Music Chronicle

By Dhuga, U. S. | The Hudson Review, Autumn 2005 | Go to article overview

Music Chronicle


Dhuga, U. S., The Hudson Review


Music Chronicle

A TOUGHER TEACHING SCHEDULE HAVING PREVENTED ME from the usual spring visit to London, I found myself shifting from one classical music "campus" to another here in New York City. The concerts which interested me most included a revisiting of Riccardo Chailly conducting the New York Philharmonic through Mahler's Seventh Symphony; the New York City Opera's production of Carmen; and Carnegie Hall's Zankel Hall's (what an awkward collocation) "The Andsnes Project."

Mahler has been aptly called, by Léon Botstein, the archetypal "conductor as tyrant," whose "legendary temper and dictatorial manner derived from an intensity and fanaticism."1 Mahler's Seventh Symphony is indeed intense and at moments, I daresay, fanatical, with its purely instrumental composition and sometimes tautological Nachtmusik passages punctuating like so many qualifying, parenthetical clauses the outer movements of light and half-light. The gradations of sonorities can be grating. Apparently, so too can the music's duration. One noticed late-comers arriving in the second movement and early-goers leaving in the fourth. Perhaps the Tuesday 7:30 P.M. start, as compared with the 8:00 P.M. start the Saturday before, had thrown some off their schedules; perhaps some were bored by four consecutive nights of the overwhelming Seventh. I do not mean to make light of Mahler; far from it, returning to the Seventh in so short a time span is necessary in order to make some sense of its hard-won coherency. But I do think that Mahler-Bruckner is such another-does not always suit performance in our concert halls, accessible as they are in terms not only of entry but also of exit and of re-entry. The prolonged breaks for people to cease coughing and to sit down (or, as the case may be, to get out the door) only enhance the sense of disjuncture between movements and interfere with that characteristically Mahlerian sense of drifting and returning continuity among often obscure instrumental assignations. And is it not obscurity that Mahler will seem to have sought when we read his letter of March 26, 1886 to the critic Max Marschalk: "My need to express myself musically-symphonically begins only where the obscure perceptions hold sway, at the gate that leads into the Other world'; the world in which things are no longer separable through the agency of time and place."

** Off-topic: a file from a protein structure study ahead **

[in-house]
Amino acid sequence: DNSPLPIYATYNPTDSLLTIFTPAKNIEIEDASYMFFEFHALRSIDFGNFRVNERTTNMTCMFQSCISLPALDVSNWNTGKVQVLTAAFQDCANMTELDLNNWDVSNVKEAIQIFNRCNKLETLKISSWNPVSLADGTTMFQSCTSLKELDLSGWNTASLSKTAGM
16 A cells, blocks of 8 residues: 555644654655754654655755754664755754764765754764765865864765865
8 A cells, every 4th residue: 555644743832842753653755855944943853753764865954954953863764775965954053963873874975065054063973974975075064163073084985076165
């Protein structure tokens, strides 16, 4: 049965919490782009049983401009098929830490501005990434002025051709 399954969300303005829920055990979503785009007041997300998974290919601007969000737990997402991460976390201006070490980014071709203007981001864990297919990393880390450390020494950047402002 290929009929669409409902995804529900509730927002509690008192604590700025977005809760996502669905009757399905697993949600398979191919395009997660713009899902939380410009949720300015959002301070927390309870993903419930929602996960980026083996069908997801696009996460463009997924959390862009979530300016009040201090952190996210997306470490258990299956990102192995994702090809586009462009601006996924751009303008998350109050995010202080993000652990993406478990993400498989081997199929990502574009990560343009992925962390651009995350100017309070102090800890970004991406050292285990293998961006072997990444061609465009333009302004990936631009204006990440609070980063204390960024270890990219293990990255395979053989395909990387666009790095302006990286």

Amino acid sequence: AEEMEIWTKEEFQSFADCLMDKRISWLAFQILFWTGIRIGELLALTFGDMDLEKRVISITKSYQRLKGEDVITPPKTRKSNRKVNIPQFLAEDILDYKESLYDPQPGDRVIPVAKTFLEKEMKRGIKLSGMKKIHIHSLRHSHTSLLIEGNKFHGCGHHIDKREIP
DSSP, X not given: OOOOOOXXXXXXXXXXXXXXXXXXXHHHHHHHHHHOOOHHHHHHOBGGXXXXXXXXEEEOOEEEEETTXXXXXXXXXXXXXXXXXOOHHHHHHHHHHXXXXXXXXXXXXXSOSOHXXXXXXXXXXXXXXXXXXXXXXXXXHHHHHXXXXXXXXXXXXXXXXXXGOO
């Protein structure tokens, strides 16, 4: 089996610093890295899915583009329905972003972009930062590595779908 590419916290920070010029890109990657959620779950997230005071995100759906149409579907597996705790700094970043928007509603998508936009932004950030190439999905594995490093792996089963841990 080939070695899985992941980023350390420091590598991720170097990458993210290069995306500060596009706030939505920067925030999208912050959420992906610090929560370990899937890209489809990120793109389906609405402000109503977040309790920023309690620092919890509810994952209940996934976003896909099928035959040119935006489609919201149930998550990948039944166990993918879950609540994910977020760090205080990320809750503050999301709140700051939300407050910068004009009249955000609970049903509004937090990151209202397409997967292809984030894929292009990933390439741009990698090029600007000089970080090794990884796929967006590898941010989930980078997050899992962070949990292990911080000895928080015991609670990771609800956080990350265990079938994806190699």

Unhappily for Mahler, the agencies of time and place do often intrude upon his work in performance ("today," one is tempted to add, but maybe it has always been that way?). No clearer signals of that intrusion could have been seen and heard at Avery Fisher Hall than the premature, uncertain applause of the audience after the Seventh had gone on for what seemed to some to have been long enough; the desperate rushing in and rushing out of listeners impatient with missing something or impatient of having heard too much; Chailly's apparently disappointed lowering of the baton during a prolonged epidemic of coughing and rustling after forty-five minutes of music. The "suffering" of "real labor pains in the process" of composing "some symphonies" which Mahler intimated to Marshalk were, it seemed, shared by the audience.

So be it. What I did glean was a distant, hesitant start on Chailly's part -perhaps wilfully flat, strained bathos? Chailly's was a Mahlerian technique. Yet the first movement should, I think, somewhat shine so as to make operative the scored, indicated bathos which will indeed be heard in the second movement's haunting march, delivered as it is with one horn sounding forte, the other echoing it piano with an almost sentimental anti-sentimentality resulting from the use of a mute. Rather, through his pleonastic use of quietness, Mahler seems here to score a parody of sentimentality. Signally triumphal, however, the first movement's main theme is granted to a military band instrument, the tenor horn, a tuba-shaped instrument invented, like the saxophone, by Adolphe Sax. …

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